Liberals and Democrats, on the other hand, were much more likely to favor compromise, with just over 60 percent of both groups favoring compromise and about 20 percent opposing it.

    Tea Party supporters were the most fervently opposed to compromise of any of the groups examined by Gallup. Forty-five percent of tea party supporters said that it is more important for political groups to stick to their beliefs, even if little gets done, while 31 percent responded in favor compromise.

    Poll: Americans want compromise

    Looks like we know where the work needs to get done...
     
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  5. dblack
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    dblack Gold Member

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    I wonder if we might compile, in this thread, a list of policy goals that we could all get behind, regardless of favored ideology (apart from the stated anti-coporatist/authoritarian theme).

    I was inspired to start this thread after pondering how an issue like ending loopholes and tax incentives seems to draw wide support across party lines. So, I'll throw that out there as a starter.

    What else is there?
     
  6. Oddball
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    Oddball BANNED Supporting Member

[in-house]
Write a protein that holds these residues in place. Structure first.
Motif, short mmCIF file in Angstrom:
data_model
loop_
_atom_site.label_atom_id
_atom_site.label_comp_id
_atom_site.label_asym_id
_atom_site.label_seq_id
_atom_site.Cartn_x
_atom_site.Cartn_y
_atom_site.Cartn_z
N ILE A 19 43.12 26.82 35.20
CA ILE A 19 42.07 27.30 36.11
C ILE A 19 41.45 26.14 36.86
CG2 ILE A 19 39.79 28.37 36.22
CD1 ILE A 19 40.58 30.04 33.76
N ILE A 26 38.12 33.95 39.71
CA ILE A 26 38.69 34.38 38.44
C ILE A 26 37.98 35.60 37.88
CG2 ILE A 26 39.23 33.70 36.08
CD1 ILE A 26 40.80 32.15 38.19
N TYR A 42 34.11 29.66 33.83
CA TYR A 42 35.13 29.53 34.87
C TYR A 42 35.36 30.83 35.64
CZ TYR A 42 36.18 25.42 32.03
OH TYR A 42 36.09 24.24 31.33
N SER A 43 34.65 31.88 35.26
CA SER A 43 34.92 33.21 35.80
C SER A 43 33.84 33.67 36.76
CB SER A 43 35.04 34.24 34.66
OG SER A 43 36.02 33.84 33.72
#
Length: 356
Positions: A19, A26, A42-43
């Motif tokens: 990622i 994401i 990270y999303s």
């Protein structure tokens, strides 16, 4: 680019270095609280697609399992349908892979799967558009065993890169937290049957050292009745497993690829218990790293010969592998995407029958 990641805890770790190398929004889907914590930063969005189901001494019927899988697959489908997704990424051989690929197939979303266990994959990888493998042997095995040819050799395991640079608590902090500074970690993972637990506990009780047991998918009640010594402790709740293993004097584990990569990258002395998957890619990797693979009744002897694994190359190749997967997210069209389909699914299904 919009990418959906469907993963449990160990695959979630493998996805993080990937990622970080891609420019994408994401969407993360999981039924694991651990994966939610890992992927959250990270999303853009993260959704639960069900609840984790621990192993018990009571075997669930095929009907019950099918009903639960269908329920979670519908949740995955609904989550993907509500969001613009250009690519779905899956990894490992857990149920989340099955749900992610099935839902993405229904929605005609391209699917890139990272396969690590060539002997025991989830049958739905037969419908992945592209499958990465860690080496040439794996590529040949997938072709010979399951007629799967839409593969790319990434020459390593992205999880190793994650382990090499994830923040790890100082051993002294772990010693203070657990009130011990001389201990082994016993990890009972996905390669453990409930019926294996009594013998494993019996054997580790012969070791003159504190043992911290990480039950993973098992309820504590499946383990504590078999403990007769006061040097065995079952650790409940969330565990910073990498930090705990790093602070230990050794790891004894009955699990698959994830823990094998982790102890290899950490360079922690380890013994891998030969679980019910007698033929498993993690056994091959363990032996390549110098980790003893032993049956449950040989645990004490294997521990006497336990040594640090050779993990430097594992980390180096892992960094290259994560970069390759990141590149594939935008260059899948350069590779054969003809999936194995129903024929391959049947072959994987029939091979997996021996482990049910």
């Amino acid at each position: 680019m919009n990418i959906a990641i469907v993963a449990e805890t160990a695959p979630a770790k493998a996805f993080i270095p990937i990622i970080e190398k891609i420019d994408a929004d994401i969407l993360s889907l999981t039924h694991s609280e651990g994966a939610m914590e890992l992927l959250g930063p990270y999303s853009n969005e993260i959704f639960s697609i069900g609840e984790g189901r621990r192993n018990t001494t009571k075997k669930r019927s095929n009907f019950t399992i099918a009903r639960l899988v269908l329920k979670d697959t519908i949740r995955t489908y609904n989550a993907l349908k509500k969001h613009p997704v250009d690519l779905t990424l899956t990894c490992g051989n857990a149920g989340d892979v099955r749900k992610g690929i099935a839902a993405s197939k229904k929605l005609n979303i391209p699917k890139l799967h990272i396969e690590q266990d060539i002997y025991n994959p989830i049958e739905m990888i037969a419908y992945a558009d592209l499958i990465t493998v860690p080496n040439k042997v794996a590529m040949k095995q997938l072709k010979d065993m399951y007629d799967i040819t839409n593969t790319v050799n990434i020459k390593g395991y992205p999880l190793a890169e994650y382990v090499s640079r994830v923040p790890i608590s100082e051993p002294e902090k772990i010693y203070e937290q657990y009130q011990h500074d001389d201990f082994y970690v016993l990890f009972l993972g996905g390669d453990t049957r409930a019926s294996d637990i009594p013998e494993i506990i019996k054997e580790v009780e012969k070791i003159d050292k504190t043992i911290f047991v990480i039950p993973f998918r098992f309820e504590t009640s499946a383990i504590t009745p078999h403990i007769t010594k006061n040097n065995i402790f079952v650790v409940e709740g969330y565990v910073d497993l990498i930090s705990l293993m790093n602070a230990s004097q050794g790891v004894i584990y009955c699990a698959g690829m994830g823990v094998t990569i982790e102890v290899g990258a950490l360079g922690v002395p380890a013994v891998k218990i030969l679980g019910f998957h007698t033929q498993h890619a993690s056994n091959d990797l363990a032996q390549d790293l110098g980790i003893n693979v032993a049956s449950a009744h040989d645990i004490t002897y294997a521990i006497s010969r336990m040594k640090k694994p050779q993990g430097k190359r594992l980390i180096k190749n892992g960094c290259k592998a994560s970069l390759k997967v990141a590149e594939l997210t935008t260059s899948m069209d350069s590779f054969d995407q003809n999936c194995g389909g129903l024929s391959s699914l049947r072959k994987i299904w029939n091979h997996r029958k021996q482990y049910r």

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    I believe that this has far less to do with any real ideological bent and far more to do with clinging to party affiliation.

    Republicans generally campaign on -among other things- fiscal restraint and curbing bureaucracy. Yet in the first six years of the Bush presidency, with a complicit congressional majority, spending levels quickly surpassed those of his "spendthrift liberal" predecessor. We also a got both a brand new cabinet-level bureaucracy, a total federal takeover of airport security, and a new entitlement (Medicare D).....Not a peep out of the party faithful.

    Democrats generally campaign on -among other things- civil liberties issues and reigning in the military-industrial complex. Yet we now have a president and congress who have expanded existing wars, engaged in other military actions that are none of America's business. They have also actively supported and expanded the police/snoop state (USAPATRIOT, NDAA and the like), up to and including spying on our own citizens and summarily killing American citizens on foreign soil.....Not a peep out of the party faithful.

    That's not do due to any philosophical ideology...That's blind party man allegiance.
     
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  7. Seawytch